C. Ward-de Leon/UCS

5 Reasons Clean Fuel Standards are the Secret Key to Decarbonizing Transportation

, Senior scientist | December 14, 2020, 10:16 am EST
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Clean Fuel Standards like the California Low Carbon Fuel Standard (LCFS) have been around for more than a decade but have not attracted the attention of more narrowly targeted policies promoting electric vehicles, biofuels, or renewable power. Recently, however, Clean Fuel Standards are enjoying something of a resurgence, with states from coast to coast (including Washington, Nevada, Colorado, Nebraska, Minnesota, Illinois and New York) considering joining California and Oregon in adopting this proven model to support transportation decarbonization. Washington, DC is also taking notice. They see Clean Fuel Standards as an opportunity to get federal fuels policy back on track. Replacing the biofuels-focused Renewable Fuel Standard with a more flexible, more comprehensive science-based performance standard would accelerate transportation electrification while supporting continued improvement in biofuels and innovation across today’s and tomorrow’s transportation fuel technologies.

I’ve been studying Clean Fuel Standards for more than a decade and have published extensively on the topic. My recent factsheet provides a high-level overview of this proven approach to transportation decarbonization. Here are the top five things you should know about Clean Fuel Standards:

  1. Clean Fuel Standards support electric vehicles. While many people don’t think of electricity as a transportation fuel, EVs powered by renewable energy are key to phasing petroleum out of our transportation sector over the next few decades. The performance-based design of a Clean Fuel Standard supports EVs in direct proportion to their climate benefits, providing the largest support to the use of renewable power for transportation (more details here).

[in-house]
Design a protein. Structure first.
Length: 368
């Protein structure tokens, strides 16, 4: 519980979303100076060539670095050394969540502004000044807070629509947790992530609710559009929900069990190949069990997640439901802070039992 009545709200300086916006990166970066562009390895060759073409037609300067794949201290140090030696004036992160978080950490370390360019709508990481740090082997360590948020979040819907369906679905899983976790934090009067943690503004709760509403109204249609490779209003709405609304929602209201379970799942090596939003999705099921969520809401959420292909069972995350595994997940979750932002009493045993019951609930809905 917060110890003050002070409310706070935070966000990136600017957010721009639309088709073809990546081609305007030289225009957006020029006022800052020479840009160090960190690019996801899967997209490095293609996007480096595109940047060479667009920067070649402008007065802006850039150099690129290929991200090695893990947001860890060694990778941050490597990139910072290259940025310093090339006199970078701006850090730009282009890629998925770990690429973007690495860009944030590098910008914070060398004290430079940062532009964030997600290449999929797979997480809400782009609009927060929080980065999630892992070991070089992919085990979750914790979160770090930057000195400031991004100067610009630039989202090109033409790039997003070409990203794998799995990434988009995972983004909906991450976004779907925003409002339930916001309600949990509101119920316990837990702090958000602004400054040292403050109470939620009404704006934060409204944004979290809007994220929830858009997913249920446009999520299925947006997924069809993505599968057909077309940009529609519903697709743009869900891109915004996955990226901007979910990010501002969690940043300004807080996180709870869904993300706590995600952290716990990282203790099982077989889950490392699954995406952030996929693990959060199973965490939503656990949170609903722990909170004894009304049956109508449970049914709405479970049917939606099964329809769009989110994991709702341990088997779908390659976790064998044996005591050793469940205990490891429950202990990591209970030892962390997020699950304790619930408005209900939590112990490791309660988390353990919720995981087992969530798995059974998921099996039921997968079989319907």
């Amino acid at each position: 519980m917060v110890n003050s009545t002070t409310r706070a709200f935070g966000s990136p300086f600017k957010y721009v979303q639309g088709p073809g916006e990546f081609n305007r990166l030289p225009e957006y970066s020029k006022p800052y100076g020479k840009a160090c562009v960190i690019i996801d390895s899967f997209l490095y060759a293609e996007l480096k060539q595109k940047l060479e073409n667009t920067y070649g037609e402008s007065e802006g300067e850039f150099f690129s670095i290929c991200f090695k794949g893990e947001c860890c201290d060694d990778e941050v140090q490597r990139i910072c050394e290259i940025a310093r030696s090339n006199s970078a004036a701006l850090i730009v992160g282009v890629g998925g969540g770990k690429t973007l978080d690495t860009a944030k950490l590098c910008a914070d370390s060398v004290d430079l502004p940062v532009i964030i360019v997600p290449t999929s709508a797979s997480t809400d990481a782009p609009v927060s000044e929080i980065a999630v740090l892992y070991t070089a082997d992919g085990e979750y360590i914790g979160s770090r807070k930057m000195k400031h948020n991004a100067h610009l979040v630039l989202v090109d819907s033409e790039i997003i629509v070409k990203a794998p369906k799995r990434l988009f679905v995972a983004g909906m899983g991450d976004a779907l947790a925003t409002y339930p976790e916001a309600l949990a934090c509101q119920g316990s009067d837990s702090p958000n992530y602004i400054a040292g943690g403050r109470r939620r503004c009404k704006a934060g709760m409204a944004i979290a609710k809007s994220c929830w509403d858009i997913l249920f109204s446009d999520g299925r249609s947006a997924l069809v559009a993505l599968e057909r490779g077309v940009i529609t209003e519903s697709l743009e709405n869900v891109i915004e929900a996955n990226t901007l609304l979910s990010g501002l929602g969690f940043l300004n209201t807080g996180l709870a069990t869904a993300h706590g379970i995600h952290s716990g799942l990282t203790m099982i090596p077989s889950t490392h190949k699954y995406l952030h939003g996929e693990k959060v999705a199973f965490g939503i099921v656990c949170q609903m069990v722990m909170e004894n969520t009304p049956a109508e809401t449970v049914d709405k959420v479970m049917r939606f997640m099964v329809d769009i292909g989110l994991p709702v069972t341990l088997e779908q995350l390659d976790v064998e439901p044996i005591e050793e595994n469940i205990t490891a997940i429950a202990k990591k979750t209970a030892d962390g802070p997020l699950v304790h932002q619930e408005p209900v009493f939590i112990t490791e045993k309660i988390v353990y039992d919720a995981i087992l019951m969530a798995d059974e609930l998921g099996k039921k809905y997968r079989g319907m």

2. Clean Fuel Standards reward biofuels producers for producing cleaner biofuels. Existing biofuels policies focus mostly on producing more biofuels, which misses the opportunity for biofuel producers to improve the performance of the fuels they produce. Clean Fuel Standards reward reductions in pollution rather than increases in production, which encourages biofuel producers to improve the efficiency of their operations, use renewable sources of energy in their production processes, and switch to lower carbon starting materials (more details here).
  3. Clean Fuel Standards bring farmers into the clean fuels game. People are paying increasing attention to the opportunity for farmers to help address climate change, through reduced pollution and adoption of practices that build healthy soils. It’s common sense that a lower carbon crop makes a lower carbon biofuel, and a well-designed Clean Fuel Standard can support farmers reducing emissions from growing the crops used to make biofuels (more details here).